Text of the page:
A reporter asked Todd Bowles how the Bucs are preparing for the weather in Detroit this weekend.
– Barstool Sports (@barstoolsports) January 17, 2024
The Habs ended their three-game losing streak Monday night by defeating Jonathan Drouin and his Avalanche at the Bell Centre… just days after a rotten home series against the Sabres and Sharks. That’s theHabs for you.
Several players put in inspiring performances on Monday: Jake Allen, Joel Armia, Nick Suzuki, Mike Matheson, Juraj Slafkovsky…
But there’s one player for whom Saturday’s game didn’t taste as good as all the others: Michael Pezzetta.
The Ontario forward was punished on his first shift of the game… and he only had five or six appearances after that. As a result, Pezzetta finished the game with just 4:07 of playing time, his second-lowest career total. He had played less than four minutes on March 26, 2022 against the Maple Leafs.
It should be noted that Pezzetta had spent just 5.5 minutes on the ice in the previous game against the Oilers. That’s two times in a row that Martin St-Louis hasn’t used him much.
Pezzetta currently plays alongside Mitchell Stephens and Jesse Ylonen on the fourth line, a lineup that looks more AHL than NHL, I’m sure you’ll agree.
Problem #1 is that Pezzetta is limited. His talent is (much) higher than mine, but he’s no match for the team’s (and especially the other team’s) best offensive forwards. Against NHL powerhouses, it seems even more so. That’s problem #1.
But problem #2 is that Pezzetta sometimes forgets his role and status on the team. As Marin St-Louis would say: he forgets what kind of chair he’s sitting on. And he covets a chair that isn’t really his.
On Monday night, Pezzetta handed out just one check. I’m willing to believe he didn’t get much playing time, but Steve Bégin would probably have advised him to eat the boards in such circumstances. Not to lick.
Pezzetta has 8 points in 32 games so far this campaign. He’s on track for his most productive season in the Bettman circuit. And maybe that’s the problem.
He’s in a position to help the Habs by hitting and disrupting the opposition. He’s the Montreal player with the most body checks so far this season (111), and only nine players have given up more hits than Pezzetta this season across the league.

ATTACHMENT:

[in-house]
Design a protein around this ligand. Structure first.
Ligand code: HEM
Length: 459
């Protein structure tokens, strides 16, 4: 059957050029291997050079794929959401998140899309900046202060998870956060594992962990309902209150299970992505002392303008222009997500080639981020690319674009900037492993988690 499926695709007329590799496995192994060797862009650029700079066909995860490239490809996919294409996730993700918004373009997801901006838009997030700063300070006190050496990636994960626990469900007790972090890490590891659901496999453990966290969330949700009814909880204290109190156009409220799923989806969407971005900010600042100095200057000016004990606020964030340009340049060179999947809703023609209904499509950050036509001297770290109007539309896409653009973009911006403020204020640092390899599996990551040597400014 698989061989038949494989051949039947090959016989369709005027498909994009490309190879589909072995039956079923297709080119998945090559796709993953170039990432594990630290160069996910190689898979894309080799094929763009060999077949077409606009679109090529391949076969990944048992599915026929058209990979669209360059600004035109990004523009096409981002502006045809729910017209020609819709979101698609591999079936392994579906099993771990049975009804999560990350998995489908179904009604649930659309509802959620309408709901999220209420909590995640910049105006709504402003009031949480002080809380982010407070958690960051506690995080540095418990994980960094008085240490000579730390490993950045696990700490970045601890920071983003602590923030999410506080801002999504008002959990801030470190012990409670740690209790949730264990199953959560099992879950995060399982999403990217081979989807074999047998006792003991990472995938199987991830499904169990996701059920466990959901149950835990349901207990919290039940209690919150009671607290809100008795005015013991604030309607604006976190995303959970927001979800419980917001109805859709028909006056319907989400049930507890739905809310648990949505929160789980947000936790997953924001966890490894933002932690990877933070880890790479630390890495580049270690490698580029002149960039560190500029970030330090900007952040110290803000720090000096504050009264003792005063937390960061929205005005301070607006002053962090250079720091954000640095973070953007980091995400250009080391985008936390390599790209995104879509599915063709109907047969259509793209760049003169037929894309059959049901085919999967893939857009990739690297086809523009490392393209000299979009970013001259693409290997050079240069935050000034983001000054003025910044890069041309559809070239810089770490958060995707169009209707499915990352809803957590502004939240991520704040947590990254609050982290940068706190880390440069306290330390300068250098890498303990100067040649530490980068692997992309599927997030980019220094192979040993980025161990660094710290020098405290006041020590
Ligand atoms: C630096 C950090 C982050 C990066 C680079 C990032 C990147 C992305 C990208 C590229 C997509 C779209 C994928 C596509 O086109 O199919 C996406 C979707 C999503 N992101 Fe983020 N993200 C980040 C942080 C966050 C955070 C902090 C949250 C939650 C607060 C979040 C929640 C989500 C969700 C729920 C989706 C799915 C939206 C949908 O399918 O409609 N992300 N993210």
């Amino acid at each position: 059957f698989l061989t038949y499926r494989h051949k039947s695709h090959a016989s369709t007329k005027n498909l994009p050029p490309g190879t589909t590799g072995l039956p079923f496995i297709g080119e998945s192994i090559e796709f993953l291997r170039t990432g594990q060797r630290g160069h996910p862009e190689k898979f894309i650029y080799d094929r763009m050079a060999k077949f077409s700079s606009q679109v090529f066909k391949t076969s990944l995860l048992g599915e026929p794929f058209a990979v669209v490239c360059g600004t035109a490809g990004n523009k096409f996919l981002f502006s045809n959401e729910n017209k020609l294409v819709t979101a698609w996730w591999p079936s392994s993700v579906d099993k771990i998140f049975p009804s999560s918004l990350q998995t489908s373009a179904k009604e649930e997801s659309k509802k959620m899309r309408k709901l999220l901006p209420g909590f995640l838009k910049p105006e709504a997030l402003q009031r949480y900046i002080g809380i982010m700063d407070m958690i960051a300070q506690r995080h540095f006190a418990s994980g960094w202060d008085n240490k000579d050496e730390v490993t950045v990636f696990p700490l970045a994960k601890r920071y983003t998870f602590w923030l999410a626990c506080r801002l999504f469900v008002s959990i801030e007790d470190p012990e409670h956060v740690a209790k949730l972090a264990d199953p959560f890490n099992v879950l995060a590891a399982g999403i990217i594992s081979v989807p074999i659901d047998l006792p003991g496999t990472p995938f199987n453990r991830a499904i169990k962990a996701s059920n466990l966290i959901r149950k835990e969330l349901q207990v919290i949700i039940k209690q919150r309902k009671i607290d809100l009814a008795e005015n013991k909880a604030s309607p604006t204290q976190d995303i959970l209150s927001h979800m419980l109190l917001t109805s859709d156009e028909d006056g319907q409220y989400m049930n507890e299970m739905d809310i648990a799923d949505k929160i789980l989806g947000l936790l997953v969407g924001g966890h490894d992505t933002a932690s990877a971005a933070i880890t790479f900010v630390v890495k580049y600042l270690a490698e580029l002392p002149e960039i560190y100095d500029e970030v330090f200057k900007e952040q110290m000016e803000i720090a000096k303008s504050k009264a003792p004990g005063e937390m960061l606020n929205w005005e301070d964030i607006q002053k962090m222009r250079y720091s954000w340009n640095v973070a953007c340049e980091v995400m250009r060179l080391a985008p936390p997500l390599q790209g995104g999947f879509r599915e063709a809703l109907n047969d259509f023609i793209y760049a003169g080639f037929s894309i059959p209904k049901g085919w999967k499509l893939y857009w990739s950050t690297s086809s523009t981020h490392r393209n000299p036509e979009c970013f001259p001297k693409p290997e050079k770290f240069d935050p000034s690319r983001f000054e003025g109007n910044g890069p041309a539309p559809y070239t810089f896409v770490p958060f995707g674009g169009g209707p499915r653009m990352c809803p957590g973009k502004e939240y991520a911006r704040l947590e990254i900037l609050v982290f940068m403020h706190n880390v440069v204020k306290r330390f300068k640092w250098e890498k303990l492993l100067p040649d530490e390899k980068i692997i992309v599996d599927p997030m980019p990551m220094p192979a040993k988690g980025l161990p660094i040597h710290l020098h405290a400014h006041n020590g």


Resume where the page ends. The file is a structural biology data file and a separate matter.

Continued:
Nor has he thrown down the gloves since the start of 2024, even though that’s part of his role, especially since Arber Xhekaj was sent back to Laval.
That’s how he’ll keep his place in the line-up, even when the likes of Josh Anderson, Alex Newhook, Kirby Dach (in October), Tanner Pearson and Christian Dvorak are fit to return to action. Guess what: it’s also by returning to his own identity that he’ll enjoy success with the puck.
Let’s not forget that Pezzetta was not in Martin St-Louis’ line-up for the inaugural game in October. Since he wasn’t exactly concocted in the mold prioritized by the coach, he has to justify (twice as much as anyone else) his presence in the line-up.
Pezzetta must be feeling a sense of urgency. Injuries at forward allow him to stay in the lineup night after night, but he needs to take a leaf out of Joel Armia’s book: he needs to step up and give everything he’s got to show us the best version of himself. Not just the average version.
For now, the presence of a #3 goalie and the lack of depth (in terms of health) help Pezz… but it won’t always be like this. If Pezzetta wants to take the next step with the Tricolore, he won’t just have to rely on the fact that he’s eligible for the waivers, and Kent Hughes doesn’t like to lose guys to waivers for nothing. He’ll have to prove his worth. And now is the time.
Starting tonight in New Jersey…
We need to see him apply solid checking. And if that doesn’t work, he’ll have to throw down the gloves.
That’s his role. That’s how he can help the club win games.
– Joe Rogan gives Artur Beterbiev some big love.
– Réjean Tremblay takes another (very) red swipe at Yvon Michel.
– Les Trois Accords will be singing after a Remparts game next month.
– Do your research, as the saying goes.
– Djoko wasn’t happy… and he let it be known.